Let’s Hope Federal Lawmakers Leave Deductions for Mortgage Interest and Property Taxes Alone

It’s no secret that the state of Illinois is suffering through serious financial troubles today. But two proposed solutions to this financial mess would seriously hurt homeowners.

The Illinois Association of REALTORS® recently ran a feature story looking at the impact that two potential strategies for reforming the federal tax code could hurt homeowners in the Chicago area.

First, is the possible elimination or reworking of the mortgage interest deduction. As homeowners know, each year owners can deduct from their income taxes the amount of interest they paid throughout the year. This saves homeowners more money early on in the mortgage-repayment process. That’s because those first few years of mortgage payments are mostly interest.

The possible elimination of the federal tax deduction for state and local property taxes would also be a big hit for local homeowners.

Homeowners can deduct the amount of property taxes they pay on their home with each year’s income taxes. Because property taxes are so high in the Chicago area, local homeowners would take a big financial hit if this deduction is eliminated.

In fact, the hit from the loss of the property tax deduction would be far more severe for most Chicago-area homeowners than would be the loss from the elimination of the mortgage interest deduction.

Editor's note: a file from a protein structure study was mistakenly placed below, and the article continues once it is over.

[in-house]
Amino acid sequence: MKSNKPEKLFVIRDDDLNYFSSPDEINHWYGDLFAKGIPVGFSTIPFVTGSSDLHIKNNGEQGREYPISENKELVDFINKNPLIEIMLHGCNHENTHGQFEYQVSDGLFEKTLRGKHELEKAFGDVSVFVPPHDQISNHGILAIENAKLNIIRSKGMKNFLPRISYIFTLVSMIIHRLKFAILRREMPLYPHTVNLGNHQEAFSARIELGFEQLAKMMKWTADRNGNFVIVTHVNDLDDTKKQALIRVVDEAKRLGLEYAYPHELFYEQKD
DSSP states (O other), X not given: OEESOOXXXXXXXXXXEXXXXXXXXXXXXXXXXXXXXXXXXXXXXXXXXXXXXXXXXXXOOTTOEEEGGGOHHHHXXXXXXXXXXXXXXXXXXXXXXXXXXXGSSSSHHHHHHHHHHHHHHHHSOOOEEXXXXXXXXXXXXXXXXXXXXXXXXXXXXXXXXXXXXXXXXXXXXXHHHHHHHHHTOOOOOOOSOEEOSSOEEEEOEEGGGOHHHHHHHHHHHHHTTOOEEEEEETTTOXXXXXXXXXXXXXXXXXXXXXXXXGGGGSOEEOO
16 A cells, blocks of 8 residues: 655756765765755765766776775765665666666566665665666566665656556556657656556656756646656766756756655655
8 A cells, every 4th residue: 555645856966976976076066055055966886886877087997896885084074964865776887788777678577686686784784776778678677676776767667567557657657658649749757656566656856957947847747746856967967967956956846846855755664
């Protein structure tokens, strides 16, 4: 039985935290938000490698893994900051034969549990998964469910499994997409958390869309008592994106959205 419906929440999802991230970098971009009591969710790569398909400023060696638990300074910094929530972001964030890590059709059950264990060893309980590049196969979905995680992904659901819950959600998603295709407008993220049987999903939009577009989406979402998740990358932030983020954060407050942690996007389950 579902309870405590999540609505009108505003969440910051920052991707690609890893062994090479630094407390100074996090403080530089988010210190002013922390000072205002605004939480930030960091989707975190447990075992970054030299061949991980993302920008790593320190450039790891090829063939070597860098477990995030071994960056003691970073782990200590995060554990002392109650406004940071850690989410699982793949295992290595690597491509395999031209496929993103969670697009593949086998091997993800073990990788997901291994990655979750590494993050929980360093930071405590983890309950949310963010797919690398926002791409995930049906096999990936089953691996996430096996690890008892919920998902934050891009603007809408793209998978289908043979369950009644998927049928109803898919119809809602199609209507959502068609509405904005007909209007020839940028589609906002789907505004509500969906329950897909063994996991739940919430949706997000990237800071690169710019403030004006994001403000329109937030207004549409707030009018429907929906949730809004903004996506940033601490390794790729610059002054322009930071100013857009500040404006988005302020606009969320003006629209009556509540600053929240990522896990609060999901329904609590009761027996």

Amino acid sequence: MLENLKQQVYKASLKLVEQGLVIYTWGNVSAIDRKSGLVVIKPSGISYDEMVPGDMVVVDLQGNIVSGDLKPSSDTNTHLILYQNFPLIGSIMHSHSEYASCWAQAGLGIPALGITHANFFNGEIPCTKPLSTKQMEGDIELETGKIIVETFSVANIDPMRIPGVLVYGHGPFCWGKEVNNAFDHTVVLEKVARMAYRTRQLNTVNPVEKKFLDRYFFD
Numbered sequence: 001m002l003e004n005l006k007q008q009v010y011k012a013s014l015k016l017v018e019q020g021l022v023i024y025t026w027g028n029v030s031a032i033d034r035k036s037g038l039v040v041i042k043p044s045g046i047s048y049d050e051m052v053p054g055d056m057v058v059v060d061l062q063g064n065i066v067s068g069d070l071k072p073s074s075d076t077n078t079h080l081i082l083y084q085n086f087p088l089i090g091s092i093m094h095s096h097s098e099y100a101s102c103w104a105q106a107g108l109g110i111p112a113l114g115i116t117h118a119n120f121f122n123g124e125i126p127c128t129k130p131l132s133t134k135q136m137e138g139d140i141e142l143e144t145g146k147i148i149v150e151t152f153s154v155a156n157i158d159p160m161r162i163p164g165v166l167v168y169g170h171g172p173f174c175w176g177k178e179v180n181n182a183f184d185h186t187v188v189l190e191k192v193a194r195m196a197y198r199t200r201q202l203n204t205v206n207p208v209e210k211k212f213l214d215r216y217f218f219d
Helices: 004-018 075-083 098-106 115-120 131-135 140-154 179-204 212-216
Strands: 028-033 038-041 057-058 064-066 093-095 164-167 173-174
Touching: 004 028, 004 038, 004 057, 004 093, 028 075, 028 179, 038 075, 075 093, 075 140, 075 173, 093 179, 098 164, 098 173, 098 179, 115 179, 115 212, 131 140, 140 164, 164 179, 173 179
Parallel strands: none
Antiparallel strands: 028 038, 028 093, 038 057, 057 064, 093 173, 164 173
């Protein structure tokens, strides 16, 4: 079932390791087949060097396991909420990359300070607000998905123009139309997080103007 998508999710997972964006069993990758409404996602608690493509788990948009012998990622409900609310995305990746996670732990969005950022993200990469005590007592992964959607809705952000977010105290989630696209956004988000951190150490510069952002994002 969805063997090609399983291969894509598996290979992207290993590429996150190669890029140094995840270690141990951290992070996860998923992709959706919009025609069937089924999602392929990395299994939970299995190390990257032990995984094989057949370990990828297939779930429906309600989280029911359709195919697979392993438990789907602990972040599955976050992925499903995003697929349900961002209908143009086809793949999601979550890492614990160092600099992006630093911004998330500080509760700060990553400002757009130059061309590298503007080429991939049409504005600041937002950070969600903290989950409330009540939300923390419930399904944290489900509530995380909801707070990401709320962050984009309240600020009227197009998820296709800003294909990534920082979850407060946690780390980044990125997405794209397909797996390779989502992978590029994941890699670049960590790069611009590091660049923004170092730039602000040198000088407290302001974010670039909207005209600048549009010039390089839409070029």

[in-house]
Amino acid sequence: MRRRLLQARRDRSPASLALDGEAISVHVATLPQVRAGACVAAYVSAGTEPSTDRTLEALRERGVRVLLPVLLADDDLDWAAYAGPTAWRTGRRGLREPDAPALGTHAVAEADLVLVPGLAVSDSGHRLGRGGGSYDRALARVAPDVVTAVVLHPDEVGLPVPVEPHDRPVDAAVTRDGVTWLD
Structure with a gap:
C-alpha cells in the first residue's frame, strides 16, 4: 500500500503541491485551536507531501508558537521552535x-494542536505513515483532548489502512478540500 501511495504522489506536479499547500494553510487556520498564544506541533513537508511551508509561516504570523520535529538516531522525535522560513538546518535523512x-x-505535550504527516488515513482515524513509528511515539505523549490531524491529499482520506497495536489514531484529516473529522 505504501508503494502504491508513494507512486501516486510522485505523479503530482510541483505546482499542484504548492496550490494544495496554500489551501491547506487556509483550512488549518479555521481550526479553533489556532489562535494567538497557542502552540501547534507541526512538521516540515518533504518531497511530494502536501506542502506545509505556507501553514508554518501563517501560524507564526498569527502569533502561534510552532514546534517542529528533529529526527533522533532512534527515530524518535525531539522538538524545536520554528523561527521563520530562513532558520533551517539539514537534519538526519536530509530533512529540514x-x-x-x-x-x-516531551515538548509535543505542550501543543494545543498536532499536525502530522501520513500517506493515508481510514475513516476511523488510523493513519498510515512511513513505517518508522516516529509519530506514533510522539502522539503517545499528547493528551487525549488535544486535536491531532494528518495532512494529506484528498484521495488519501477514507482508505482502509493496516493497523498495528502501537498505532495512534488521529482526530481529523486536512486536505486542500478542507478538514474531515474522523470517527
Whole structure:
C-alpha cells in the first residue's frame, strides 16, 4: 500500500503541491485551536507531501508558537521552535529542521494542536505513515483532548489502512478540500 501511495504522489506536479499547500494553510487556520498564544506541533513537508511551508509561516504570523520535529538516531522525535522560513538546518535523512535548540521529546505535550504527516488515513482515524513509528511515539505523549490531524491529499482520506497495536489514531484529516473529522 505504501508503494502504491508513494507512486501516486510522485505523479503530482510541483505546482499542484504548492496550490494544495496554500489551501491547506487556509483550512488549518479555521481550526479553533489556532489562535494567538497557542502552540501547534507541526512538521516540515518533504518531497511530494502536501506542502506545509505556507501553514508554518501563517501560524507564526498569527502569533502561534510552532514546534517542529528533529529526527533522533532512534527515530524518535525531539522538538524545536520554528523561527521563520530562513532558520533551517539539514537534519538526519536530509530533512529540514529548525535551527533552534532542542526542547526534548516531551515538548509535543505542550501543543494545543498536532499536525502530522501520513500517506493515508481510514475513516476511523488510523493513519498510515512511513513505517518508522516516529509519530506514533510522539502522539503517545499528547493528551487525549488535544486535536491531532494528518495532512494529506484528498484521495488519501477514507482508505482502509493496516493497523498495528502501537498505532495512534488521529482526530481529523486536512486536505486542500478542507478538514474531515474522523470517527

Officials with the Illinois Association of REALTORS® said that more Illinois homeowners take advantage of the property tax deductions than the mortgage interest deduction. According to the association’s numbers, more than 1.77 million Illinois taxpayers used this deduction in 2014. A smaller 1.49 million Illinois homeowners claimed the mortgage interest deduction.

The deduction for state and local property taxes also increases in value over time. That deduction will increase as the value of local homes also rises. As homes’ values rise, so do the taxes that their owners pay.

Let’s hope, then, that federal lawmakers preserve these financial incentives for owning a home. There are also ways to raise revenue, methods that don’t punish people financially for owning homes.